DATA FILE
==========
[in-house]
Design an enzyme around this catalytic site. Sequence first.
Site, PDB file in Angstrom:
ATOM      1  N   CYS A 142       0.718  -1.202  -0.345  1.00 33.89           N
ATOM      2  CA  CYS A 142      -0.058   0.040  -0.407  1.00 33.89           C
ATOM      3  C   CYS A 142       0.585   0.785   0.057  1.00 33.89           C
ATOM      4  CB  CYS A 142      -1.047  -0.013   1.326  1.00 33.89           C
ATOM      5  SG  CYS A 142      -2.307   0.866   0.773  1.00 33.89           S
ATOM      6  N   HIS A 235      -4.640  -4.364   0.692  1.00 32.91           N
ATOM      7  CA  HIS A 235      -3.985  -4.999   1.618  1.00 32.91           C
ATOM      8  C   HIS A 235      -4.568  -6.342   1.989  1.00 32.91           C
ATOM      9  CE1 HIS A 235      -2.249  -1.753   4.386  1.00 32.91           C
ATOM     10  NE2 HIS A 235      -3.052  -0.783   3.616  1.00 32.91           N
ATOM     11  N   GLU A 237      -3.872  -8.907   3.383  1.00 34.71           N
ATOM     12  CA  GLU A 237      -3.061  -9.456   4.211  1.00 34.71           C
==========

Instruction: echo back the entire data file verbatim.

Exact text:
[in-house]
Design an enzyme around this catalytic site. Sequence first.
Site, PDB file in Angstrom:
ATOM      1  N   CYS A 142       0.718  -1.202  -0.345  1.00 33.89           N
ATOM      2  CA  CYS A 142      -0.058   0.040  -0.407  1.00 33.89           C
ATOM      3  C   CYS A 142       0.585   0.785   0.057  1.00 33.89           C
ATOM      4  CB  CYS A 142      -1.047  -0.013   1.326  1.00 33.89           C
ATOM      5  SG  CYS A 142      -2.307   0.866   0.773  1.00 33.89           S
ATOM      6  N   HIS A 235      -4.640  -4.364   0.692  1.00 32.91           N
ATOM      7  CA  HIS A 235      -3.985  -4.999   1.618  1.00 32.91           C
ATOM      8  C   HIS A 235      -4.568  -6.342   1.989  1.00 32.91           C
ATOM      9  CE1 HIS A 235      -2.249  -1.753   4.386  1.00 32.91           C
ATOM     10  NE2 HIS A 235      -3.052  -0.783   3.616  1.00 32.91           N
ATOM     11  N   GLU A 237      -3.872  -8.907   3.383  1.00 34.71           N
ATOM     12  CA  GLU A 237      -3.061  -9.456   4.211  1.00 34.71           C